Penguin Island and Margaret River

At the end of March and the beginning of April, we took two side trips south of Perth: one was to Penguin Island and the other was to the Margaret River region. These trips allowed us to view the landscapes, flora, and fauna that make southwest Australia so unique.

This region is a recognized biodiversity hotspot, owing to its extreme isolation. There are many plants and animals here that exist nowhere else on Earth.


Penguin Island

This island is just off the shore of the town of Rockingham (about a 45-minute drive from Perth). To view the island, we took a took a tour that included a visit to the penguin sanctuary on the island, as well as a glass bottom boat ride around the island to view dolphins!

The island is home to a wild population of “little penguins” (their official common name). These actually are the littlest penguins in the world. We took a walk around the rocky island; unfortunately, we did not spot any wild penguins. These are two of the non-releasable penguins being cared for inside the island’s sanctuary.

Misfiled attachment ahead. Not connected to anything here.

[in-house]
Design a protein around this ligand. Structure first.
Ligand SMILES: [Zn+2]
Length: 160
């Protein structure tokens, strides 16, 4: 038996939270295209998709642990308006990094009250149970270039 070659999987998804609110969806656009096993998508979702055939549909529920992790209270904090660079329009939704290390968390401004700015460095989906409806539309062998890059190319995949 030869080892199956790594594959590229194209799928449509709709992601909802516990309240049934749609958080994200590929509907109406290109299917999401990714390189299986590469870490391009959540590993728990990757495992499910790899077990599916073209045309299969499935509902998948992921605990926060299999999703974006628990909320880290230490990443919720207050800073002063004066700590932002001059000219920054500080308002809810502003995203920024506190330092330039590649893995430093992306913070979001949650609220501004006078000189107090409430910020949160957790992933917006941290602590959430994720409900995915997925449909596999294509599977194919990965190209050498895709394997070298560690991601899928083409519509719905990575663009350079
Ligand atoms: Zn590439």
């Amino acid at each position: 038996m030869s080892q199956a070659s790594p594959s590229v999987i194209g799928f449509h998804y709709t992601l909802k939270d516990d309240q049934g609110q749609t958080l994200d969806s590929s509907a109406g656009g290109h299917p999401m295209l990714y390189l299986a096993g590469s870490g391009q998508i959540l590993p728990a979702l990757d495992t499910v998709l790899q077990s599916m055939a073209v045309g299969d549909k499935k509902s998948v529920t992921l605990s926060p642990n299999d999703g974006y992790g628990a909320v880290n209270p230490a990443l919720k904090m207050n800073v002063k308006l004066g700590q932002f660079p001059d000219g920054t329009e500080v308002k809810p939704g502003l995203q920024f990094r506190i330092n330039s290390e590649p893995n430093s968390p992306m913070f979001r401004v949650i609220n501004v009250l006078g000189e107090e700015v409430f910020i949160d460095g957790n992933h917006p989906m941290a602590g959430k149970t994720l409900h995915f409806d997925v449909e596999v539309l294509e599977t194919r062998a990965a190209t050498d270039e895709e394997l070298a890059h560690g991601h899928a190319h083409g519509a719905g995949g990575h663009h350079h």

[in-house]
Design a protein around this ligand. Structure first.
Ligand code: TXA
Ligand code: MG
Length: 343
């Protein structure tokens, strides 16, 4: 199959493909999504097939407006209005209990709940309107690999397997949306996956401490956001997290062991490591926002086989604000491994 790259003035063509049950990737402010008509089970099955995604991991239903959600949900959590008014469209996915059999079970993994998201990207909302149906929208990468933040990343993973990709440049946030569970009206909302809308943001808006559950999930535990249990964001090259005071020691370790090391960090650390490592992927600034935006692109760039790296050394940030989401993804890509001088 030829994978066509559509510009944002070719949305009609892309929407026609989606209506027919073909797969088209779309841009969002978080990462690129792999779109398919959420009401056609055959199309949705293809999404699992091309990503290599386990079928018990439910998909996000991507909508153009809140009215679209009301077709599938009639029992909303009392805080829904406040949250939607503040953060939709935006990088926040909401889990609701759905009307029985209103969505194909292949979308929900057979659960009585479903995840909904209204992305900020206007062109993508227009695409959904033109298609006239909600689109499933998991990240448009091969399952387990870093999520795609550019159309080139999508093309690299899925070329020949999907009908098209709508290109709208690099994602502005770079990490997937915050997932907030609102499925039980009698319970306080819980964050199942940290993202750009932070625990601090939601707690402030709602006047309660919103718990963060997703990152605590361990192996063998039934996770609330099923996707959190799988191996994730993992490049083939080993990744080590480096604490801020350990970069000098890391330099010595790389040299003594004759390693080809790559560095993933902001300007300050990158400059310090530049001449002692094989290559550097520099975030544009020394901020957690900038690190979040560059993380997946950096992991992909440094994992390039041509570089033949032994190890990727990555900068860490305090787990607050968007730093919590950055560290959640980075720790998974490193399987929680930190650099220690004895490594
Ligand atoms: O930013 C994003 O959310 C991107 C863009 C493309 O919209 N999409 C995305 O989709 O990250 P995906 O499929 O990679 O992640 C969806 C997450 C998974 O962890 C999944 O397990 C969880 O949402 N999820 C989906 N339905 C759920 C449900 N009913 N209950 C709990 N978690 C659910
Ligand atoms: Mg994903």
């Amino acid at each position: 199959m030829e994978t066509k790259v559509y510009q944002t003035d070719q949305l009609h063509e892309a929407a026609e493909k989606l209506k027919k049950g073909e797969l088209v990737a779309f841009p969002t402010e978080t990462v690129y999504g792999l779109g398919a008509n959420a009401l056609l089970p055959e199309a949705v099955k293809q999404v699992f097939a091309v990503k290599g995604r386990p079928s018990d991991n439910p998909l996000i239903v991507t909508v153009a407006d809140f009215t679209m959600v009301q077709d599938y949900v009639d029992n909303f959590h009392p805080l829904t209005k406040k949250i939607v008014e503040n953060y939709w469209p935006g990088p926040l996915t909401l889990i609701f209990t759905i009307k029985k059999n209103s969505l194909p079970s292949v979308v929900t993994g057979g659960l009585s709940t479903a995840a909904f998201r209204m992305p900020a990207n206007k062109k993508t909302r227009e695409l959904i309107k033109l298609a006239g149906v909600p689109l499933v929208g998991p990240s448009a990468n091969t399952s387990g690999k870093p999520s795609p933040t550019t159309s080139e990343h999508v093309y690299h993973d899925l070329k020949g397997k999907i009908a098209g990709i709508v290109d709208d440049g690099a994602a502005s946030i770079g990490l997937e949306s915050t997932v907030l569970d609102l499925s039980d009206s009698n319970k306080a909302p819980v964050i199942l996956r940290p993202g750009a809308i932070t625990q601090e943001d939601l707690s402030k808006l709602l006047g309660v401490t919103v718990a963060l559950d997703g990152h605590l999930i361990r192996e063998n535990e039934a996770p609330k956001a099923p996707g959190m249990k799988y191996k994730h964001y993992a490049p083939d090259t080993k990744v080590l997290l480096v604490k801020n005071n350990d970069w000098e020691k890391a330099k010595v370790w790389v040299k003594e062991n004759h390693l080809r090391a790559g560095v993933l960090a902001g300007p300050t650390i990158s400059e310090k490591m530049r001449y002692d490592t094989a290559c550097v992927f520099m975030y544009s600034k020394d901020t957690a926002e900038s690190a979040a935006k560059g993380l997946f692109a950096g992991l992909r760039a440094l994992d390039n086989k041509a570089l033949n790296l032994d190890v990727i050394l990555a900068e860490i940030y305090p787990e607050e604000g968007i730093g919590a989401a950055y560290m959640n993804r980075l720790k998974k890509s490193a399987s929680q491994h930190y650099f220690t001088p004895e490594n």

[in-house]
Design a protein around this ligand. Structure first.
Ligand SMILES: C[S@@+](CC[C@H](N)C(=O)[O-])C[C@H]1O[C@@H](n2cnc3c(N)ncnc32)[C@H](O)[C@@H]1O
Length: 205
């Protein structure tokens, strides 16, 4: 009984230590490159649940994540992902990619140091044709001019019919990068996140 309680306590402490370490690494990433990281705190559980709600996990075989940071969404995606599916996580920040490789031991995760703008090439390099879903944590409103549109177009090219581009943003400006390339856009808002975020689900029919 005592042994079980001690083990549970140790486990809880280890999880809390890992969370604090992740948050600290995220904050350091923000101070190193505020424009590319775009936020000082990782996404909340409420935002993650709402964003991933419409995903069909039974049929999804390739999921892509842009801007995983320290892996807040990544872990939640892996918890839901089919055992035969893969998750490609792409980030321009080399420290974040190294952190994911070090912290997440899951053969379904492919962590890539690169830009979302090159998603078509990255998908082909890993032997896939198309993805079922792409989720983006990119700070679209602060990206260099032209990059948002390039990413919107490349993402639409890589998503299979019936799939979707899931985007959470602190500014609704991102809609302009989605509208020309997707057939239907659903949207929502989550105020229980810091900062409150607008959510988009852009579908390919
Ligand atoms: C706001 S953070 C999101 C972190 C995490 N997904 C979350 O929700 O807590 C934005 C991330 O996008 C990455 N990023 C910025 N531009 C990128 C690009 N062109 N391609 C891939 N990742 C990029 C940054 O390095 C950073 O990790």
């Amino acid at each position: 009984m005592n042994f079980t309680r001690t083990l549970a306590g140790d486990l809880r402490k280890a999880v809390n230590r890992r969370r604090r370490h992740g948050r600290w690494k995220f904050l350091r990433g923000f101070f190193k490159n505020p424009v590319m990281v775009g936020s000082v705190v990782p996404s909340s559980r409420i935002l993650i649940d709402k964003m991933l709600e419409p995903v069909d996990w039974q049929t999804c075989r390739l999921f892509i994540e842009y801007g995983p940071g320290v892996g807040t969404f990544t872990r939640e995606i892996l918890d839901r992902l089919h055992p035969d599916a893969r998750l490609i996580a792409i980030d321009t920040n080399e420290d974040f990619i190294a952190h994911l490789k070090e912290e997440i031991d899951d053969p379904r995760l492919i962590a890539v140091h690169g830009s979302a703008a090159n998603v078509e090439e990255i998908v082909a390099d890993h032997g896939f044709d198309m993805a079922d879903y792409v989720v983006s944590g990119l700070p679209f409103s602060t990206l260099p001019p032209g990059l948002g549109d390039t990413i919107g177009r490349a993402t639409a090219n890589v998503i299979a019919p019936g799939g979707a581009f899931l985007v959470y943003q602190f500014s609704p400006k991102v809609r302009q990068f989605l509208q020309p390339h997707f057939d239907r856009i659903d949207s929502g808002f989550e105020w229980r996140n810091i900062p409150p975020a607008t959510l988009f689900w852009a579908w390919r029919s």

On our glass bottom boat tour around the island, we did not spot any dolphins at first. However, it was fun watching the fish under the boat and observing sea lions and nesting seabirds, including pelicans, on the island. Then, we saw a fin—a dolphin at last! For a while, we enjoyed observing the dolphin from a distance as it alternately dove down for fish and came back up for air.

Then, much to our surprise, the dolphin started swimming toward the boat. It disappeared. To our amazement, we were treated to the sight below (video courtesy of Syd). Our tour guide assured us that this was extremely unusual. With its belly up, the dolphin was clearly checking us out through the glass bottom of the boat!




One week later, we traveled even further south for a long weekend to visit the beautiful seaside town of Busselton (our home base for the trip) and the Margaret River region. Busselton is famous for its jetty, which is the longest in the world at two kilometers long! It was built because the harbor at Busselton is extremely shallow, making a long jetty necessary for on- and off-loading the ships that were restricted to deeper waters.